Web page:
The guess here is that not a single person on the planet had predicted that record for the Green Bay Packers or for the champion of the NFC North.
This was a regular season – for all division teams involved - that seemed destined for anywhere but the postseason. Yet somehow, against the longest of odds, after another stunning comeback Sunday at Chicago, the Packers are bracketed in the NFC draw.
Do they even deserve to be there?
Despite their mediocre record, no team knows more than the Packers that in this NFL, the finish counts more than the start. Look no further than the 2010 Packers and the 2011 Packers as exhibits of on opposite ends of the spectrum - the underdog that just got in to the playoffs vs. the prohibitive favorite with the bye.
Packers coach Mike McCarthy likes where his team is at.
"I don't know how we could be better prepared for playoff football than what we've been through the past four weeks," said McCarthy on Monday. "I'd take our four-week experience over everything."
The rallying cry for "Team 93" has been one of overcoming adversity.
How could it be anything else?
Next man up. Resiliency. Character. No excuses. Never give up. All the clichés were thrown out down the stretch at one time or another.
But it was all talk, rhetoric, until it made a difference in the standings. While the Detroit Lions and Chicago Bears did their part to help out, the Packers waited until the final month of the regular season to make their move matching comeback wins with words.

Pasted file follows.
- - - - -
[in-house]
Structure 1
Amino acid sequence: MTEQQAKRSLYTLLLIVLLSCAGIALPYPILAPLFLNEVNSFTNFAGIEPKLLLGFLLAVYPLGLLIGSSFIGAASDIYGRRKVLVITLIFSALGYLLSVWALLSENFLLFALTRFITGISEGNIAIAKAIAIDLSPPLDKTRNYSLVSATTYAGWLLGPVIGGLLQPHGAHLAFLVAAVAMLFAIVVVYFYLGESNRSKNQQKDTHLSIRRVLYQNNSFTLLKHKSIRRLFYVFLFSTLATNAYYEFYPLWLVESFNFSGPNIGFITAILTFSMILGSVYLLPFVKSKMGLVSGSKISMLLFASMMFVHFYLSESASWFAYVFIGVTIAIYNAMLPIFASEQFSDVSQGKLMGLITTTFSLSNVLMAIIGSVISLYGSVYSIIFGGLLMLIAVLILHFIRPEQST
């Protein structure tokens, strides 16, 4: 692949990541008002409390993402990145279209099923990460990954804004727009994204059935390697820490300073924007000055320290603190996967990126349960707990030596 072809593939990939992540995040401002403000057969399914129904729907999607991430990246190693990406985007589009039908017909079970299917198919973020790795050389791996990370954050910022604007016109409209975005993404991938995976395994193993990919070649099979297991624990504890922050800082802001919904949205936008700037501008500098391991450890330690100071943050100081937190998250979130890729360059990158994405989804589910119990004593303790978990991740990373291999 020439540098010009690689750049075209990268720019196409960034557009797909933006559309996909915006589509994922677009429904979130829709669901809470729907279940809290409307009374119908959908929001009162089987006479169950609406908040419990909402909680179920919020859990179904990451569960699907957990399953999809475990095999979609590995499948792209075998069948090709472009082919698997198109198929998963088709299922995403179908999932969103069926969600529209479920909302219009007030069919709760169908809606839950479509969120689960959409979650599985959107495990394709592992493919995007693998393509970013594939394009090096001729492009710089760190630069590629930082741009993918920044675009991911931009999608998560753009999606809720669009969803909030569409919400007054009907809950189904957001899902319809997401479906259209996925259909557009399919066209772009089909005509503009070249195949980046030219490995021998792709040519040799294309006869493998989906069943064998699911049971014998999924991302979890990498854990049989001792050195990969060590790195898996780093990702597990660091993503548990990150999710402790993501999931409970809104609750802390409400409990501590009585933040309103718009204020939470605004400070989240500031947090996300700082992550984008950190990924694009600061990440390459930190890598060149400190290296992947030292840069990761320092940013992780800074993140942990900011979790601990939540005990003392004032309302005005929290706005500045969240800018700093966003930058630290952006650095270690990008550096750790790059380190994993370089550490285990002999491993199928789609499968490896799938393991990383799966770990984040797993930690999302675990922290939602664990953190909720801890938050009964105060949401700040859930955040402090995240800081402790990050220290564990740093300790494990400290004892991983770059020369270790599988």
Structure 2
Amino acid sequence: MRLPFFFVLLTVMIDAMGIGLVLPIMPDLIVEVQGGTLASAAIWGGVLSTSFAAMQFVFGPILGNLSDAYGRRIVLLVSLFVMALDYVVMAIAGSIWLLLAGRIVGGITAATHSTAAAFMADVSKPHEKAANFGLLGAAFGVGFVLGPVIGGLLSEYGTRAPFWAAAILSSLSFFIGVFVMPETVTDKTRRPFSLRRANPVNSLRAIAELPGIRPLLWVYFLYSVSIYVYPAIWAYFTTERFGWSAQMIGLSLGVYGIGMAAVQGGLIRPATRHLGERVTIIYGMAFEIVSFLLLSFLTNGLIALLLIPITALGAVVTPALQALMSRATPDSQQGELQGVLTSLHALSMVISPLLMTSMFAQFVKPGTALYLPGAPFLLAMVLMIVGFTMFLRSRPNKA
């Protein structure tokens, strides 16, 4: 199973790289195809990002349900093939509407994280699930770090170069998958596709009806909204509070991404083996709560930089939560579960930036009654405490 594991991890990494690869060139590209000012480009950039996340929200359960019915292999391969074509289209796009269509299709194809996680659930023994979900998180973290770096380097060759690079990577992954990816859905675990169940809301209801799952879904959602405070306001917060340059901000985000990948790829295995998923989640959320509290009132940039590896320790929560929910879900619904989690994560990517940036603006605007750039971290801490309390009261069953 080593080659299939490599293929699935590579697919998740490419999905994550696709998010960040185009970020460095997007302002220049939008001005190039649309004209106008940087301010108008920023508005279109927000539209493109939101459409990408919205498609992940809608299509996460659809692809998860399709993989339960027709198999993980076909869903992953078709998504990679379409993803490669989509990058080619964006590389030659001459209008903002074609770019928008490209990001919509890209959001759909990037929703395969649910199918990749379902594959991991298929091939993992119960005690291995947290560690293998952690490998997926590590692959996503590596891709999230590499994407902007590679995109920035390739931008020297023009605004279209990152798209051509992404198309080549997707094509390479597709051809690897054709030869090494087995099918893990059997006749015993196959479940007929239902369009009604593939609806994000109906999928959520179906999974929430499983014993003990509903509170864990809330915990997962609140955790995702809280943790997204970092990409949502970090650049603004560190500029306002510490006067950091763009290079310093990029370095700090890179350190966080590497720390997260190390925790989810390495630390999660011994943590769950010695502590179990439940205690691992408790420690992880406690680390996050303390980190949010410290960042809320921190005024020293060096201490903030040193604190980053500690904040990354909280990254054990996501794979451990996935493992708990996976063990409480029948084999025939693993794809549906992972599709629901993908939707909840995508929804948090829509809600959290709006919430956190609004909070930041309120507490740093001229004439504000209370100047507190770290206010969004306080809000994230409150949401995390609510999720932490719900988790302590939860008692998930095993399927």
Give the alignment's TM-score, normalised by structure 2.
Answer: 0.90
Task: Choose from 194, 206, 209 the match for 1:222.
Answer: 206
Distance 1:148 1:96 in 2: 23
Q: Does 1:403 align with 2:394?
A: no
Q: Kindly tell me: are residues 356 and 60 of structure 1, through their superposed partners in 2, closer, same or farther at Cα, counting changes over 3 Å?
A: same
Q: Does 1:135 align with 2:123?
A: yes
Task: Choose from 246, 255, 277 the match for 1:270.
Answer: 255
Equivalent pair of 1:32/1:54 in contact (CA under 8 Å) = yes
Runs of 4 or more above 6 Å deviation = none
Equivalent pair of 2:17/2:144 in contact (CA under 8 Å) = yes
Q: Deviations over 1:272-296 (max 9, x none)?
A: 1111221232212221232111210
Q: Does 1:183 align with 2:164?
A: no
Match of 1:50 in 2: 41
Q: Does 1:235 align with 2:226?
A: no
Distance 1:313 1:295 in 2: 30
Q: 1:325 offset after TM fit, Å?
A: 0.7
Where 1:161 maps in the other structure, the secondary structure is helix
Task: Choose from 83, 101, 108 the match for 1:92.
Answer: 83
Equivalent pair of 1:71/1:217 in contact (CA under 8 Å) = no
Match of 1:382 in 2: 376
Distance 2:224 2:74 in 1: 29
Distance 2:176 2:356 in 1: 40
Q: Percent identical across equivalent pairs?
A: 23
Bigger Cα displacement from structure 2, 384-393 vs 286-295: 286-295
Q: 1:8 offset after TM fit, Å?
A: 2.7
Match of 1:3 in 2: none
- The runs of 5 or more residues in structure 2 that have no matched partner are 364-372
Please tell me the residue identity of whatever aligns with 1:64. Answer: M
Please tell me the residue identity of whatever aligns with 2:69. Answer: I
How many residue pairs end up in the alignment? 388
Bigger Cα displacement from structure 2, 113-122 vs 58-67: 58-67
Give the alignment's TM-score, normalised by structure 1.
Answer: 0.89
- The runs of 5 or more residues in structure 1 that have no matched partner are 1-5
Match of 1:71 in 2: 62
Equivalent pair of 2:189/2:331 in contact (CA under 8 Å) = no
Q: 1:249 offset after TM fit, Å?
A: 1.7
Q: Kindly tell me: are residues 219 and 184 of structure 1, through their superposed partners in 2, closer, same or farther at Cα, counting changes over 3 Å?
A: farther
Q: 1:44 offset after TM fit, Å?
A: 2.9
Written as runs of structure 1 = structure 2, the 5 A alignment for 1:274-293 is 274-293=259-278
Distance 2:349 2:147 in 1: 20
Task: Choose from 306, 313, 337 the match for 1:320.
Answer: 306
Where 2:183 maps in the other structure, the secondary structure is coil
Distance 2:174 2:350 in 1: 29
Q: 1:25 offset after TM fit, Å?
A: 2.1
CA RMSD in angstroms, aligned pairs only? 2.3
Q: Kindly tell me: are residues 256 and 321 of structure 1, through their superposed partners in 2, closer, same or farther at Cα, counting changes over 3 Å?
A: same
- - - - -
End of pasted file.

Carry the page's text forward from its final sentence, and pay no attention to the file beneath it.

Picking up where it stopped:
After a 40-10 thrashing on Thanksgiving in Detroit left the Packers at 5-6-1, the Packers posted three fourth-quarter comeback wins. It could have been a fourth had officials not botched the game clock at the end of the Dec. 22 game with the Pittsburgh Steelers in Green Bay.
For the longest time, the Packers failed more times than not in close games under McCarthy and with Aaron Rodgers at the helm. Buying a comeback victory never seemed in the cards. Then this December happened.
Ten days after the Turkey Day thrashing, the Packers overcame an 11-point halftime (and five-point fourth quarter) deficit with backup quarterback Matt Flynn to beat Atlanta at Lambeau Field, 22-21. Their playoff chances prior to the game were said to be 5.5 percent.
Then came the miracle in Dallas, a franchise record-tying 23-point halftime comeback (down 12 in the fourth quarter) for a 37-36 victory over the Cowboys. The Packers' win probability at halftime of the game was just 4 percent.
A comeback "loss" to the Steelers, coupled with Lions and Bears losses that same day, set up the NFC North title game and Rodgers' return to the lineup after eight weeks on the sideline. Picking up where Flynn left off, Rodgers led the Packers from eight points back in the final quarter to post a signature 33-28 win over the Bears and a most improbable berth in the playoffs.
Four games decided by 14 points. All coming down to one possession. Sometimes coming down to one play. Gut check after gut check after gut check. First time in franchise history with three fourth-quarter comeback wins in December.
"We're a playoff football team. Our identity's changed. It's kind of gone different directions of how we have to go play to win a game," said McCarthy. "This team's embraced it and we know it's going to take the full game to get it done and that's the way we play."
It took the full game and then some to secure what turned out to be the deciding half game in the NFC North standings. The Packers, with Flynn in relief of Scott Tolzien, came back from 16 points down in the fourth quarter on Nov. 24 to force overtime and eventually a tie with the lowly Minnesota Vikings.
Chalk up yet another comeback, of sorts.
8-7-1 might tie for the worst record ever to win the North/Central Division but little of that matters now because they Packers are still playing. They still have a chance.
For Team 93, that might be all it takes.